Microsoft Seized No-IP Domains, Millions dynamic DNS users affected

Pierluigi Paganini July 01, 2014

Executing an order of a Nevada Court, Microsoft has seized domains belonging to the Dynamic DNS Service affecting the traffic of million users.

Microsoft has executed a large-scale operation against a malware network thought to be responsible for more than 7.4 million infections of Windows machines worldwide. The operation conducted by Microsoft has brought down millions of websites early this week in execution of a Nevada court order which authorized the takedown over two dozen domains belonging to the company which provides dynamic DNS services to its customers.

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On June 26th, the court of Nevada granted Microsoft the authority to temporarily seize control over 23 domains owned by that represents all of the domains that power’ free dynamic DNS services.

The bad actors behind the attack have used for their offensives two malware known as njrat and “njw0rm”, two remote -access Trojan, the criminals have used the dynamic DNS services offered by to allow the infected machines to reach the Command & Control servers also in the case their IP addresses will change.

According Microsoft that bad actors behind the large-scale attack were using the two RAT leveraging more than 18,400 hostnames managed by According Microsoft only malicious traffic flowing to and from those 18,400+ machine was interested by the operation, but marketing manager from Natalie Gogun revealed that the situation is different and impacted also harmless traffic with serous consequences for the customers of the company.

“They made comments that they’d only taken down bad hostnames and were supposedly redirecting all good traffic through to users, but it’s not happening, and they’re not able to handle our traffic volumes,” “Many legitimate users that use our services have been down all day.” “So, to go after 2,000 or so bad sites, [Microsoft] has taken down four million,” Gogun said.

Gogun said that the number of infected Windows machine is quite different form the one provided by Microsoft, nearly18,000 malicious hostnames involved, experts, in fact they have identified no more than 2,000 infected PCs. She added that four million hostnames remain offline and customers are requesting support to restore a working situation and that company is evaluating legal options for responding to the outage and to Microsoft’s allegations.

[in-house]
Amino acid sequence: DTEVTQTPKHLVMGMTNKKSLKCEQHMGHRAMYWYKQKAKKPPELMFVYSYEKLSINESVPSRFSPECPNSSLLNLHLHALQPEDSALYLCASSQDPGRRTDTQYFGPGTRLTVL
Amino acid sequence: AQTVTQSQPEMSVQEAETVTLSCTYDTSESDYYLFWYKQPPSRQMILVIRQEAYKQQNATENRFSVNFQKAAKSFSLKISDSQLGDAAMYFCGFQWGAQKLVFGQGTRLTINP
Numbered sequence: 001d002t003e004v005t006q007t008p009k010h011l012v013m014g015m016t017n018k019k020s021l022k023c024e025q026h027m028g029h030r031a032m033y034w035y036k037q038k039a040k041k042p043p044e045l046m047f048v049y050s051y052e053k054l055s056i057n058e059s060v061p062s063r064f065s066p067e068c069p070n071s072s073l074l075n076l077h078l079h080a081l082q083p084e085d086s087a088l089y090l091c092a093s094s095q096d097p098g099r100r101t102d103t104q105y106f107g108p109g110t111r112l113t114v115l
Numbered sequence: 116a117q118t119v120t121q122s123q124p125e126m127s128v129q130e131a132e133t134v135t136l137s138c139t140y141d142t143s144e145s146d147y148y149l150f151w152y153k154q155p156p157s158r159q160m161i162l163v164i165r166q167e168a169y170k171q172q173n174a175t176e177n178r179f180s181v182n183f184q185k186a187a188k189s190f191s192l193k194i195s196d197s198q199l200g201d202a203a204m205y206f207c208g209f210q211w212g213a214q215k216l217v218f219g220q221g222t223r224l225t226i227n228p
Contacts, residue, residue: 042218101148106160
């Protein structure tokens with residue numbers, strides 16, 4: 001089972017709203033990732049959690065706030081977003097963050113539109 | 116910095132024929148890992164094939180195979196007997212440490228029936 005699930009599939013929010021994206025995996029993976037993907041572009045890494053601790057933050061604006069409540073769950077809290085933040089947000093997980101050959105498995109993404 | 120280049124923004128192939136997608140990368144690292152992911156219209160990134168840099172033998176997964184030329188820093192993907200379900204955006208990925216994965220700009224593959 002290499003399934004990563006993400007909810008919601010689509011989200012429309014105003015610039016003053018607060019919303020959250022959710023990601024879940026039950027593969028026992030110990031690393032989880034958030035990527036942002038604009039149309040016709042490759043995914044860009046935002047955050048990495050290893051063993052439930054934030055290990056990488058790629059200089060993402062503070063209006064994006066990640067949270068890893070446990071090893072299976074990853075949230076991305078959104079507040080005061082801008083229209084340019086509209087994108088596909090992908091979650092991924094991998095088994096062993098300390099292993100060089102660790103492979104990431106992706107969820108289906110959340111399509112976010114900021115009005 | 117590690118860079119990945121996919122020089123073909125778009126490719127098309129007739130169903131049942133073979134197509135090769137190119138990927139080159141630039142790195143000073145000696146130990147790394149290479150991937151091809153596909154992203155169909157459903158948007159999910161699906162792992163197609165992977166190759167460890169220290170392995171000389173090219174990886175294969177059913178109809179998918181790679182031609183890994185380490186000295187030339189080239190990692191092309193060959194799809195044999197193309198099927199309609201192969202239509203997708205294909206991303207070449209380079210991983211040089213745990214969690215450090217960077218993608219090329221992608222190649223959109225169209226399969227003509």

“We’re speaking with our lawyers about this, but right now we’re doing everything we can to fix this, and we need our users to understand that.”

Microsoft told the court of Nevada that the company has been repeatedly urged to take steps to curb the menace, but in reality it has always ignored the reports and alerts produced by the major security companies.

consistently failed to take sufficient steps to correct, remedy, or prevent the abuse and to keep its domains free from malicious activity.” Microsoft told the Nevada court.

But according to Gogun, the first time Microsoft brought its concerns to was at 7 a.m. on June 30, when the company’s CEO received a knock on the door of his family home and was served with a copy of the court order granting Microsoft authority over the 23  domains.

“It’s pretty sad that Microsoft had to take such extreme measures to go about this.” “We work with law enforcement all the time, and our abuse department responds to abuse requests within 24 hours,” “It’s pretty sad that Microsoft had to take such extreme measures to go about this.” Gogun said.

The concern related to the possibility that also “clean” machines have been targeted by Microsoft in the operation, security experts are worried by the effect of such action. It’s not the first time that Microsoft is involved in the operation against the cybercrime on a large scale, in December 2013 the company in a joint operation with FBI, Europol and industry partners has decapitated the ZeroAccess botnet that hijacks search results. Early 2014 Microsoft was challenged for abuse of power because it has uprooted Tor Browser from more than 2 Million Systems to eradicate Sefnit botnet and it has done it silently without user agreement.

Dmitri Alperovitch, co-founder of security firm CrowdStrike, has a different opinion for the takeover of domains confirming that the dynamic DNS service is not considerable as a bullet-proof hosting service.

“They have always been very responsive to security researchers and law enforcement,” “I do not consider them a bullet-proof or abuse-proof host.” Alperovitch said. 

Microsoft also revealed that two men were accused for the sale of the malware used in the campaign in Kuwait and Algeria.

Pierluigi Paganini

(Security Affairs –  No-IP,  Microsoft)

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